> On Sat, Feb 17, 2001 at 09:15:08PM -0800, Ben Ford wrote:
> > >
> > > On the other hand, they make excellent mice. The mouse wheel and
> > > the new optical mice are truly innovative and Microsoft should be
> > > commended for them.
> > >
> > The wheel was a nifty idea, but I've seen workstations 15 years old with
> > optical mice. It wasn't MS's idea.
> I think their "innovation" was not requiring the optical cross
> grid mouse pad common on Sun workstations over the years. The Microsoft
> optical mouse uses variations in the surface characteristics of whatever
> it's on to perform it's function. The old optical mice just used two
> different colors of LED's (red and IR) and a special pad. This would
> actually have to scan and track the surface below it. Don't know that
> I've seen anyone do that before.
I remember being at a computer show in Minneapolis where a small company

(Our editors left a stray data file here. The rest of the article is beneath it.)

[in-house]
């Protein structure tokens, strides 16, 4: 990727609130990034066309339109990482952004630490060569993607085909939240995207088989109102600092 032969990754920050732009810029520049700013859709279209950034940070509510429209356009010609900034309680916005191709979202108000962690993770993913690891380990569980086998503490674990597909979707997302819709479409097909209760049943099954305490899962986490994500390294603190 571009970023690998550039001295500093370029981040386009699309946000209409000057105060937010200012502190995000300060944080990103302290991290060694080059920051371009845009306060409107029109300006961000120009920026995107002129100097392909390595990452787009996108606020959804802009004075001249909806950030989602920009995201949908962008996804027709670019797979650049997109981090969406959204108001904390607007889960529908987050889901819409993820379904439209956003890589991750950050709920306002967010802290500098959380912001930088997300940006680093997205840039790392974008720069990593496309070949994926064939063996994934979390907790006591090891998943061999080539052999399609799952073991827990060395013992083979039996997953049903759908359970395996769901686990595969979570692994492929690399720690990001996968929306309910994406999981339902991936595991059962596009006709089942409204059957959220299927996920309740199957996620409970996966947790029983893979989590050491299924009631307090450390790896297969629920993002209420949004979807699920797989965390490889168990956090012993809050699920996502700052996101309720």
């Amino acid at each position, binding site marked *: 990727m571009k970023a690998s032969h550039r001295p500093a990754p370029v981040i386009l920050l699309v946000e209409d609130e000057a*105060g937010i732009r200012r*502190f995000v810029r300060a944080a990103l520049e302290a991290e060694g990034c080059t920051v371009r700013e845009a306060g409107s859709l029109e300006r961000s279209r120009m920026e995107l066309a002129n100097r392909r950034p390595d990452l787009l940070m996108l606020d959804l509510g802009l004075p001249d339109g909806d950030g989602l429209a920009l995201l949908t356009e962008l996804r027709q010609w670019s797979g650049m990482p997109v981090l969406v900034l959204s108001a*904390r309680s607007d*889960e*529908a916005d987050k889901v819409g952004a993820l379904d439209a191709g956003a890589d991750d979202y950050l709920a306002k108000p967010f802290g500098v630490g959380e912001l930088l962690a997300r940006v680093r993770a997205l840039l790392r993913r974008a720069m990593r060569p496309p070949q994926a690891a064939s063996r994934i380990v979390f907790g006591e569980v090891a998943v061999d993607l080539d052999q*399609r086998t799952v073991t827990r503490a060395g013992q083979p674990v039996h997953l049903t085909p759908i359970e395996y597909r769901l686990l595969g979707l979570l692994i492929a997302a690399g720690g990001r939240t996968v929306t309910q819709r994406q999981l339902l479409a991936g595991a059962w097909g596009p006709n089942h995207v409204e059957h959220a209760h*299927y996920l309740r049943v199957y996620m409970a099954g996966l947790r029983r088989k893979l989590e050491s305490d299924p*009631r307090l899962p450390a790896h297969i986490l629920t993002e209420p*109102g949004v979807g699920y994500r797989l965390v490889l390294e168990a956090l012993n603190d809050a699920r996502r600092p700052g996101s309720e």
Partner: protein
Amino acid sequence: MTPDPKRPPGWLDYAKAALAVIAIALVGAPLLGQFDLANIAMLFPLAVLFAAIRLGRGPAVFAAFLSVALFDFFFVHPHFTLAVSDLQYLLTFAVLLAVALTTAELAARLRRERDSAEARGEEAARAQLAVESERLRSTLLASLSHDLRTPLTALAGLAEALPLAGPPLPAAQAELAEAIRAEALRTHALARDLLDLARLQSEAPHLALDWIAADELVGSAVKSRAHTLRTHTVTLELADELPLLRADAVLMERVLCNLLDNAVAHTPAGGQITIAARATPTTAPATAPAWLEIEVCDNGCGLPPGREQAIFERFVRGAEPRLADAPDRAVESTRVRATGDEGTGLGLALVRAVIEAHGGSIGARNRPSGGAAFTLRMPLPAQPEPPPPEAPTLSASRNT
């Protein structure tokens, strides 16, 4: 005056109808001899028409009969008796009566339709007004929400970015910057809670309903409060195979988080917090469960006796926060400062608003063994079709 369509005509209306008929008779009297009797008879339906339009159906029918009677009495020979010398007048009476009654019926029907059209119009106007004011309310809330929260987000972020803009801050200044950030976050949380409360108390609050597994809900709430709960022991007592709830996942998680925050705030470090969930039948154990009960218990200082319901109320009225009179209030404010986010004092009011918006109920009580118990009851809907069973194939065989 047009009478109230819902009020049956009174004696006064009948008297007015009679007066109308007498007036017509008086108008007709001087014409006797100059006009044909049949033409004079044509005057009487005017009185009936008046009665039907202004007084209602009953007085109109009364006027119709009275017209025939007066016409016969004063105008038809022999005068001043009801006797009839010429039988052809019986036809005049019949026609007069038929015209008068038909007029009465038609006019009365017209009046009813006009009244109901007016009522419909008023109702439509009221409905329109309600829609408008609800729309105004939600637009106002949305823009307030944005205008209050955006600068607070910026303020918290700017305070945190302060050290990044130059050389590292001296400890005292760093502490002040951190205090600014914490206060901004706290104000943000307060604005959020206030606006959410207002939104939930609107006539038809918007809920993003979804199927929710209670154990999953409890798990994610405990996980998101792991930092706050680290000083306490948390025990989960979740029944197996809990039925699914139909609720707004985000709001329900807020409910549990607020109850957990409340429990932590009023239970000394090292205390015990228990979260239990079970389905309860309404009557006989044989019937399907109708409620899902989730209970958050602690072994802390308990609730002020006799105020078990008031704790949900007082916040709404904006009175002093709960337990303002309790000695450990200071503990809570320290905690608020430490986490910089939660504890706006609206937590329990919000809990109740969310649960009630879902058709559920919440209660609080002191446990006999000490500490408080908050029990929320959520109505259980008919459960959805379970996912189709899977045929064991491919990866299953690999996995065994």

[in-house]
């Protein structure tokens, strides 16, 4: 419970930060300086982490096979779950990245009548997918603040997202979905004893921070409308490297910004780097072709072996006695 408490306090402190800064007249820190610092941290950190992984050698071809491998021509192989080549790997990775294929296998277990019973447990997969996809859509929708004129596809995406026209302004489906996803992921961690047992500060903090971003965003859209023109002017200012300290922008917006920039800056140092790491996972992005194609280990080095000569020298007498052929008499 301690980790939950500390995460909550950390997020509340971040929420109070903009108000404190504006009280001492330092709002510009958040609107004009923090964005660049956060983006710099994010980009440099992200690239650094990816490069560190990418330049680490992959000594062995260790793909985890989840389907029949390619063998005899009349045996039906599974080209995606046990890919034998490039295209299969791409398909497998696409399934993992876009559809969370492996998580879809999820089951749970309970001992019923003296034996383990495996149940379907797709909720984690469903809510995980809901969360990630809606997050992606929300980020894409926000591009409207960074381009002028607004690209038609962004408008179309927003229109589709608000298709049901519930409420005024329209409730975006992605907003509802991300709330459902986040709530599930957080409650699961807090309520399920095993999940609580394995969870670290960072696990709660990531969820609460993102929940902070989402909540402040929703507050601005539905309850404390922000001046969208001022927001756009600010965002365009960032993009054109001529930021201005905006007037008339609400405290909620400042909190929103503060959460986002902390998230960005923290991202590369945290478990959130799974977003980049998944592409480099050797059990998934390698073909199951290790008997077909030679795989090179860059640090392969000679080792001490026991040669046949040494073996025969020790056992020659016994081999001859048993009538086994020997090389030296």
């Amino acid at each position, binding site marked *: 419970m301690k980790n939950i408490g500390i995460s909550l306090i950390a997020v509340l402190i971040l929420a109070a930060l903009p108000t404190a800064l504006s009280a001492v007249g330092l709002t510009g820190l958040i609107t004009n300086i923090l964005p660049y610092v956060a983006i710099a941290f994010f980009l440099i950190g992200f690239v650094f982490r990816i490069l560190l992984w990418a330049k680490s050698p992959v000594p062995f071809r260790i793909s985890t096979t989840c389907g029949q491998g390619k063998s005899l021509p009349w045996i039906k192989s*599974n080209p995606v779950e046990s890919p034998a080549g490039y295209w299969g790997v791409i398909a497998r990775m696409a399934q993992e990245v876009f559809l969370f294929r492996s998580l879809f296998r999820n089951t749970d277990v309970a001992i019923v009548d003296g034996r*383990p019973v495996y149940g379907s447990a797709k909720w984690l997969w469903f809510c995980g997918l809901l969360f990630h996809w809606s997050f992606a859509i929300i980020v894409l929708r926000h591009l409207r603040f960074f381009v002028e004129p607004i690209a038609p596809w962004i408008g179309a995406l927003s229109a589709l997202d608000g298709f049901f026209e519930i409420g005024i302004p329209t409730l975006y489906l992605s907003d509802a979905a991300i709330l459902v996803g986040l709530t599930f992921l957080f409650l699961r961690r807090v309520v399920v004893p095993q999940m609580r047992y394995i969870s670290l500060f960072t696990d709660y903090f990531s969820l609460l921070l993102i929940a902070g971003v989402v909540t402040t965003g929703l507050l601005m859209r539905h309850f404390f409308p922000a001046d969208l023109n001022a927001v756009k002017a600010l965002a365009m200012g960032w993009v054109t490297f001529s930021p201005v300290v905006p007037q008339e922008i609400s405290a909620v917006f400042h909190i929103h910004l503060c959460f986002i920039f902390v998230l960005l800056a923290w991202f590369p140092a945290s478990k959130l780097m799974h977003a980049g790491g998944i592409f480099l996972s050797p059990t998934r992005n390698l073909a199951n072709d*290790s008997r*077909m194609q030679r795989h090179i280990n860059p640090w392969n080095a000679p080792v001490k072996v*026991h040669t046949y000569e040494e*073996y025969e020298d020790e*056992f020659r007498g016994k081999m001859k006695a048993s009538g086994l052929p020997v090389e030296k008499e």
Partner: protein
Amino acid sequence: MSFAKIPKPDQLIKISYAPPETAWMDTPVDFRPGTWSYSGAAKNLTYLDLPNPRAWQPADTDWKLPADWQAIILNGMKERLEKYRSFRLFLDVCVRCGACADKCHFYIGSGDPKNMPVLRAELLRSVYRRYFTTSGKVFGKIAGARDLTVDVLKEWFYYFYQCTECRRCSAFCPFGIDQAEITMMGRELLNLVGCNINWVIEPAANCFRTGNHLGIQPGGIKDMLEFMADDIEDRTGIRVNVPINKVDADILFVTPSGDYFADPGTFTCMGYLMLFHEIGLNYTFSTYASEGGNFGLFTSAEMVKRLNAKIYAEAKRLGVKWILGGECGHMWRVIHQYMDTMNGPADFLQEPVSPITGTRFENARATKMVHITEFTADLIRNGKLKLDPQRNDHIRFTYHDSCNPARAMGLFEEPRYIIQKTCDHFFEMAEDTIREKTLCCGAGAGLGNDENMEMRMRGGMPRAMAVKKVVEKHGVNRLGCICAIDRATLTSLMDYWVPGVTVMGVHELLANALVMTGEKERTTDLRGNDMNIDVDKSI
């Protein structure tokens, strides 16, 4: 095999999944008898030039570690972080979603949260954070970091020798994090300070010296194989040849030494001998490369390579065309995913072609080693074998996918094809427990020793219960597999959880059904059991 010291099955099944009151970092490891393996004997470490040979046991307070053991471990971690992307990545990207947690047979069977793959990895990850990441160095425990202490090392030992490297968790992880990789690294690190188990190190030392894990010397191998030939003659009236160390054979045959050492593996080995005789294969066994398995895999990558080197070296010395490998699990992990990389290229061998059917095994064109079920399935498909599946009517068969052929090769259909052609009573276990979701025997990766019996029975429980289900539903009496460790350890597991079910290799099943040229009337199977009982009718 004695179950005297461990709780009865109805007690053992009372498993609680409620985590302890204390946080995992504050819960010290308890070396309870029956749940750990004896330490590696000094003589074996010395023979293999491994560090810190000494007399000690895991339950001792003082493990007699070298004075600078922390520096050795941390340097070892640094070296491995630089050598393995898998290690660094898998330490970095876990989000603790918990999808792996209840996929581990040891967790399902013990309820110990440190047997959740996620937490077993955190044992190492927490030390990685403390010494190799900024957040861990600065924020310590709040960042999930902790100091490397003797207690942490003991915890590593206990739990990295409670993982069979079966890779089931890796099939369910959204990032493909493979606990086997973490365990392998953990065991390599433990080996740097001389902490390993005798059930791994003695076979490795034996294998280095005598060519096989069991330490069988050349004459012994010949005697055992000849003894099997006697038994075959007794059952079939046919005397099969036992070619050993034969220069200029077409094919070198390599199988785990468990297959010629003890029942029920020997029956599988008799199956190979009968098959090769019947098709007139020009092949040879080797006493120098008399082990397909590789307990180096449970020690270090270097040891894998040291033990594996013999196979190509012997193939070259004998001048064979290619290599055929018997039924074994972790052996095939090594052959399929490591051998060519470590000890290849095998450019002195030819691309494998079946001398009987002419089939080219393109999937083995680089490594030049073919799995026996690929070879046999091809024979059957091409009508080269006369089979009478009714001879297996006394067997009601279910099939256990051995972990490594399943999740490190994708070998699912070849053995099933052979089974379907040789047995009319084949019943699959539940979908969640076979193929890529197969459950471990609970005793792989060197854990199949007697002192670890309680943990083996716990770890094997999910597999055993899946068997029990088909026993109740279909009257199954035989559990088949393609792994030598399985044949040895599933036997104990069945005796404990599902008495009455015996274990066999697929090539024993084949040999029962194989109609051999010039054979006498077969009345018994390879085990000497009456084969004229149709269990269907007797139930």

was showing off this mouse that worked on a variety of surfaces without a
ball. I'm trying to remember if the mouse was optical or used yet another
method of functioning -- I think it was optical, though I could be
mistaken. This was in 1992/1993.
The point is, I really do not believe Microsoft made the "leap" to provide
opitcal mice without the need of the mousepad grid. Their "innovation" was
in marketing it on a wide scale though.
I could be mistaken - if so then let's give them their credit - but I have
a hard time believing it was their idea without some serious proof.
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